Christian laid the foundation for the guitar as a modern-jazz instrument, creating single-note lines and solos that swung with imagination and vitality.
One of the 20th century's most iconic performers crossed musical paths with artists such as Count Basie, Louis Armstrong, Nat King Cole, and Ella Fitzgerald.
Sauter's innovative and challenging arrangements gave the big-band sound an artistic sophistication that anticipated the rise of the Third Stream.
The swing era may have been the age of the big bands, but bandleaders often found it worth their while to break small groups out of their larger orchestras.
Jazz and the night: moody, evocative music for the evening.
The New York Times reports that the reissue label is in talks with the National Jazz Museum to release music from the William Savory collection on CD.
In the late 1940s the "King of Swing" briefly embraced the new sounds of bebop.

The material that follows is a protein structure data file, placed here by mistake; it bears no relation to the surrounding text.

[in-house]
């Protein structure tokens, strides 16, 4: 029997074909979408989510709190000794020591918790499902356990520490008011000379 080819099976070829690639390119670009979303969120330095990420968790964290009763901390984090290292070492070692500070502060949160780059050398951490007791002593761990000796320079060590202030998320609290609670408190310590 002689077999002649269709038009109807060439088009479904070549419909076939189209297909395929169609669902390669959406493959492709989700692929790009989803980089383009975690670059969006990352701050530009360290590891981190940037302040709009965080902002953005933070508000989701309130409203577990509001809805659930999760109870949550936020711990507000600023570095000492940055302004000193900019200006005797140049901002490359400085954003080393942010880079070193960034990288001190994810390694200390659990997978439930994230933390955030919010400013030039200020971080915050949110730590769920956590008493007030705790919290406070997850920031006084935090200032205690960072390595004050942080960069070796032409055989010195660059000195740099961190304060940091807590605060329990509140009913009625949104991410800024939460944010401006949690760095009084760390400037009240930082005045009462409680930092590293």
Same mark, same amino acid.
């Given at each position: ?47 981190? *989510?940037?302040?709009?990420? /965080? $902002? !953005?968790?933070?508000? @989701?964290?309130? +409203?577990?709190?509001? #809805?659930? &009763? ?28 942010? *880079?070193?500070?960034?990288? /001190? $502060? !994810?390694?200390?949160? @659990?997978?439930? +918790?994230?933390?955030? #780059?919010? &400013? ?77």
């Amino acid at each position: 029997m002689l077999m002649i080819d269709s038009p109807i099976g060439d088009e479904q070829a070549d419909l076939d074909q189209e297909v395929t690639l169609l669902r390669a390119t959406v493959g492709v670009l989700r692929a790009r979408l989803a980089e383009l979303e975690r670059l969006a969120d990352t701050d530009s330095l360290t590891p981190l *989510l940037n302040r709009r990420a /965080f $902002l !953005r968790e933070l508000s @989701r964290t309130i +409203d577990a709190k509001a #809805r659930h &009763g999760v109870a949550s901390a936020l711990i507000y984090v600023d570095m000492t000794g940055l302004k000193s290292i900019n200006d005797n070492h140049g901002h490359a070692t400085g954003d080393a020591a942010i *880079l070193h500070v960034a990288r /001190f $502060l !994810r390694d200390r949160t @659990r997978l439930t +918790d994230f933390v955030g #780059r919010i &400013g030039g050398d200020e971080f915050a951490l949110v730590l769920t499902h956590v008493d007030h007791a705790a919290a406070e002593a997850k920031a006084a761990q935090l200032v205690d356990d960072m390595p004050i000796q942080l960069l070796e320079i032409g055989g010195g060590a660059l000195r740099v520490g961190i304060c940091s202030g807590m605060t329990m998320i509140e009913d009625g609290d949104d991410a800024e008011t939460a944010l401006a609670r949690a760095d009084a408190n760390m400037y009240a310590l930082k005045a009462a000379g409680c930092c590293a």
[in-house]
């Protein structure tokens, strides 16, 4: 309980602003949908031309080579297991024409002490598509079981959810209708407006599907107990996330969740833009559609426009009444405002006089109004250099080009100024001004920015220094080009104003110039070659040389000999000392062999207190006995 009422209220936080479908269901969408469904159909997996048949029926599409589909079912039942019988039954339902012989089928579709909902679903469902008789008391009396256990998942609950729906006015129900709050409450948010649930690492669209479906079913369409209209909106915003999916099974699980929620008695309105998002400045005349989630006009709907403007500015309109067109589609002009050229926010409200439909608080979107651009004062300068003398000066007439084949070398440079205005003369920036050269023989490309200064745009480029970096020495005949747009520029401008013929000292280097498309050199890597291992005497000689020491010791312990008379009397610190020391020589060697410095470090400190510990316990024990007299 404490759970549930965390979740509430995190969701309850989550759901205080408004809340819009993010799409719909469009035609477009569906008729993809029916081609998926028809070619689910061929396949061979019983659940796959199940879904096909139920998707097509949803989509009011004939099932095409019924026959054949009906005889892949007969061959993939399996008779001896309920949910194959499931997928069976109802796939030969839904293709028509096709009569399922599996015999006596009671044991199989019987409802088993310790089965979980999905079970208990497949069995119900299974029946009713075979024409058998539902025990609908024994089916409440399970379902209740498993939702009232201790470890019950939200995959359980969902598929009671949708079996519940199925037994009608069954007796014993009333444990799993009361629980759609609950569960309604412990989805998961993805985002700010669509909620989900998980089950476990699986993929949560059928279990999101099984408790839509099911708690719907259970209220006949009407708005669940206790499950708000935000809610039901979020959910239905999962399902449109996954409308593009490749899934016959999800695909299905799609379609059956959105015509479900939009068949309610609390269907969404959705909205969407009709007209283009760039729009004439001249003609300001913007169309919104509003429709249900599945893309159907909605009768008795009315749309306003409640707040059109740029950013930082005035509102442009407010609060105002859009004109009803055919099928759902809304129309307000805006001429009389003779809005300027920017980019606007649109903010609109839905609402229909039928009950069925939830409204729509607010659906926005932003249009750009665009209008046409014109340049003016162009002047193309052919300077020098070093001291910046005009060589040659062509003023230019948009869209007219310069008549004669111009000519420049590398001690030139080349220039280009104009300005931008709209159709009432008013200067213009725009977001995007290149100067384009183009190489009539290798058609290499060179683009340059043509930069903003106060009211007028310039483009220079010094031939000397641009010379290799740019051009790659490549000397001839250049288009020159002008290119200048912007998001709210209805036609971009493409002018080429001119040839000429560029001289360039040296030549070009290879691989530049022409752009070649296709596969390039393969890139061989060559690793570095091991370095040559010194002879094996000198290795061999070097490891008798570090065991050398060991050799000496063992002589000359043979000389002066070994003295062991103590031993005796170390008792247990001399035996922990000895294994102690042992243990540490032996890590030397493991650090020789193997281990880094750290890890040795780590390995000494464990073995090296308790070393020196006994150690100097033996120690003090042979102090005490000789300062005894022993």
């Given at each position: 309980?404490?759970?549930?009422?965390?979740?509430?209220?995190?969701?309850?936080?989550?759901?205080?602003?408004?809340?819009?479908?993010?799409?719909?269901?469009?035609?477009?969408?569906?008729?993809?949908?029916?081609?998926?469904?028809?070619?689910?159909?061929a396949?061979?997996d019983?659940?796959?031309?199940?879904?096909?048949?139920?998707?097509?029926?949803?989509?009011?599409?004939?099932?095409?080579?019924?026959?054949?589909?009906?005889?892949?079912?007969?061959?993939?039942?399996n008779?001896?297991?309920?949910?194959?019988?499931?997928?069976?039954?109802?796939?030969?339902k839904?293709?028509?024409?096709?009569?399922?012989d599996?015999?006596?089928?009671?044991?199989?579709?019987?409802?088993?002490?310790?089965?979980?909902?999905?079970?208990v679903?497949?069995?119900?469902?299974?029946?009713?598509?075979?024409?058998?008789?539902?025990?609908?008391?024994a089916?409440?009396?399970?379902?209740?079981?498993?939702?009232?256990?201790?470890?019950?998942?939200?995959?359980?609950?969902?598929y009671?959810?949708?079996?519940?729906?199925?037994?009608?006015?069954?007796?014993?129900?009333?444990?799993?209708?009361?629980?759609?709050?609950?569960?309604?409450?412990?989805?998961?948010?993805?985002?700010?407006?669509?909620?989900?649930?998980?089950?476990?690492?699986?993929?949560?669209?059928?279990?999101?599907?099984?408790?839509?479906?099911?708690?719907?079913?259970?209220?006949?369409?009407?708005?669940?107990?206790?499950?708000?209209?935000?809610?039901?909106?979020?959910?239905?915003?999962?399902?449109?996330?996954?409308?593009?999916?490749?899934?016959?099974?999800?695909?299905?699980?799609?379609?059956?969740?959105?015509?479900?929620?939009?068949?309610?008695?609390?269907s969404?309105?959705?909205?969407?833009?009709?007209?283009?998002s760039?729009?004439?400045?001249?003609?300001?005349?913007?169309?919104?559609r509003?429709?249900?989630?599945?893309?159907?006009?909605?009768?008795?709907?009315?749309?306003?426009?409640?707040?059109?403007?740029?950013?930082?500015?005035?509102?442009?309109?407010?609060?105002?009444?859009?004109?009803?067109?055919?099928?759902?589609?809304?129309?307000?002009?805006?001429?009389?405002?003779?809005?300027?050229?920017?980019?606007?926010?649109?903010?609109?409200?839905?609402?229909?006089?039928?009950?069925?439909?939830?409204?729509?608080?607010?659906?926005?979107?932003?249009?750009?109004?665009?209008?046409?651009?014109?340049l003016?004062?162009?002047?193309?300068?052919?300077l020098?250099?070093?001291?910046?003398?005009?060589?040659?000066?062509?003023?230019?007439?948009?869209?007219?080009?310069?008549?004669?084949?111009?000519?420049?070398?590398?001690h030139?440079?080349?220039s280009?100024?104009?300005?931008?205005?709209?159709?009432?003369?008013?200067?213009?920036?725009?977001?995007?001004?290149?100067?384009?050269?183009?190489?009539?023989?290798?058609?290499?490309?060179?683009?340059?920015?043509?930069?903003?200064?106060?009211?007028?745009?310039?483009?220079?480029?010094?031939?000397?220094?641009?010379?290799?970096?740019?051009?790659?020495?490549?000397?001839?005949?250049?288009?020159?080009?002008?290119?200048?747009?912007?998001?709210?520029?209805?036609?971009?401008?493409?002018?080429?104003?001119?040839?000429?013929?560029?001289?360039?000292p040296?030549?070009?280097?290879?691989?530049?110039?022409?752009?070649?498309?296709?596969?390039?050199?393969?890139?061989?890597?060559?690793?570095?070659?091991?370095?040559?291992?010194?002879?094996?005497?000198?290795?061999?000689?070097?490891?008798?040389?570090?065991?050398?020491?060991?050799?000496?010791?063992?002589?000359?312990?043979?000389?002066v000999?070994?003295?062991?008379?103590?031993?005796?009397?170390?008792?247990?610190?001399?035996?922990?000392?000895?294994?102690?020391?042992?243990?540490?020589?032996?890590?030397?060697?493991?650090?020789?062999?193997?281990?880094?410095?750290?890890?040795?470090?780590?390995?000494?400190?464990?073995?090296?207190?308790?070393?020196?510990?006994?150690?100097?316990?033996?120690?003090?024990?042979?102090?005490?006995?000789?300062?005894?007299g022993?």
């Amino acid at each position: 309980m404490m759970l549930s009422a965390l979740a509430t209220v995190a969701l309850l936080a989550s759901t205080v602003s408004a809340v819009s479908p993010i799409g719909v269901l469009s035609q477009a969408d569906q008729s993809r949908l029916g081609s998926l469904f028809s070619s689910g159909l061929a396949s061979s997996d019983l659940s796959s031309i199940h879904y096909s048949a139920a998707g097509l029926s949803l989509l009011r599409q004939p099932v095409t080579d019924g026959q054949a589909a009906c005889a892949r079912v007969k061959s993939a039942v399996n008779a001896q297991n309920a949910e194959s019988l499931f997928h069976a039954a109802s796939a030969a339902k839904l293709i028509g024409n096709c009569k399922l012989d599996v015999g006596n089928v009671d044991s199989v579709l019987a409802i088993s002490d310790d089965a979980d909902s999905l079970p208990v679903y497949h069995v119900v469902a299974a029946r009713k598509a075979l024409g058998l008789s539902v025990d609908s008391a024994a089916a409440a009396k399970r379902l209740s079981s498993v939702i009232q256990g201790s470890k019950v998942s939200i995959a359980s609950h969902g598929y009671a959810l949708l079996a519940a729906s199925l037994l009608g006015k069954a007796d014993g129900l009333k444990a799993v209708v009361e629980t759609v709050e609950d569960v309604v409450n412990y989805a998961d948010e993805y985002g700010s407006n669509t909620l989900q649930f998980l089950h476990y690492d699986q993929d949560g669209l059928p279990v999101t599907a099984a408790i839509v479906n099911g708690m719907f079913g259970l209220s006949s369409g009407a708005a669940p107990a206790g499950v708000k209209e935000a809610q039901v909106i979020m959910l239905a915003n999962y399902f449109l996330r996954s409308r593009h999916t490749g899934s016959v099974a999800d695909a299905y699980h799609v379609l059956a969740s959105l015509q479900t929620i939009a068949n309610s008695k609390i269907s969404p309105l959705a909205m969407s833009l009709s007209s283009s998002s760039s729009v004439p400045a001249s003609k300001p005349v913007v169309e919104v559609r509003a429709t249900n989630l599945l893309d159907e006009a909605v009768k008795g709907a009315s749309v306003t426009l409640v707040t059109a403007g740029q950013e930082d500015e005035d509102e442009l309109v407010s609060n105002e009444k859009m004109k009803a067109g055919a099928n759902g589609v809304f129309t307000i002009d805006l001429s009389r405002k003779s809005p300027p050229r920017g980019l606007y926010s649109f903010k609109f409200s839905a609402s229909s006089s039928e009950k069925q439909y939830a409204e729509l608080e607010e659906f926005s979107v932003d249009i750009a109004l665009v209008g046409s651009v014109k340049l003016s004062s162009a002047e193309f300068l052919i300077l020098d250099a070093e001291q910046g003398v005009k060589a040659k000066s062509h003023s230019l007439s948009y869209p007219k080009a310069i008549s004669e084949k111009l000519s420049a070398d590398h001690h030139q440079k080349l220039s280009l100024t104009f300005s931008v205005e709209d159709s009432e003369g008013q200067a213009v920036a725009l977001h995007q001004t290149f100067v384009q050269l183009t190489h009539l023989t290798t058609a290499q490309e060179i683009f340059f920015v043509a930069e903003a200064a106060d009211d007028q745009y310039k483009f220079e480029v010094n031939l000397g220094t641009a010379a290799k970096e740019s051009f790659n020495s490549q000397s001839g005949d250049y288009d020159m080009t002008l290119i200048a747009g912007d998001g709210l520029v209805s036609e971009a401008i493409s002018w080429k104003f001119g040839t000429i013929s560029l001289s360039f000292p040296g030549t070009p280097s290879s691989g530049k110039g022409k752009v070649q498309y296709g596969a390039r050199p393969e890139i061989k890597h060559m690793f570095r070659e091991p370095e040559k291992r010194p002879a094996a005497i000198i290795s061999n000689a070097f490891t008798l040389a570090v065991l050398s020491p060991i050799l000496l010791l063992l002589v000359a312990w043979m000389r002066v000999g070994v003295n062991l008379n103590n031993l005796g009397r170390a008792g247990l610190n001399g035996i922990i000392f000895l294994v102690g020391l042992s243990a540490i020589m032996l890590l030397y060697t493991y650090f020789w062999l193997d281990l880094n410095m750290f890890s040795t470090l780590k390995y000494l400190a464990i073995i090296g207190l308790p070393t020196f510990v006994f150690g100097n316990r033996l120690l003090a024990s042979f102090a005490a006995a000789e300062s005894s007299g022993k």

*Columbia University’s Center for Jazz Studies has put up a Jazz Studies Online site, which I’m adding to the Night Lights blogroll page. Looks like a cool site–for starters, they’ve put up the entire first issue of the legendary but short-lived late-1950s journal Jazz Review.
*Speaking of cultural studies of a sort, check out this 1964 Playboy symposium on jazz, posted by Detroit Free Press music critic (and Bloomington native) Mark Stryker over at Organissimo. Participants included Cannonball Adderley, Dave Brubeck, Ralph Gleason, Charles Mingus, Stan Kenton, Dizzy Gillespie, and Gunther Schuller.
Jazz lovers with a yen for vinyl, take note: Mosaic Records is getting back into the LP business. The limited-edition, jazz-specialty company stopped releasing vinyl versions of their sets years ago, but they’ve taken note of vinyl’s resurgence and decided to return to this particular corner of the marketplace, albeit on a somewhat different scale. In an e-mail sent out today, Mosaic chief Michael Cuscuna highlights the label’s new online vinyl site ( complete with blog) and cites the 2005 LP release of the Thelonious Monk-John Coltrane Carnegie Hall concert as a signal moment for Mosaic’s renewed direction.
Mosaic Records has posted information, including discographies, about new sets featuring Dave Liebman’s Pendelum group and some Helen Merrill jazz-vocal sides on their upcoming releases page, along with more details about the forthcoming early-1950s Oscar Peterson collection.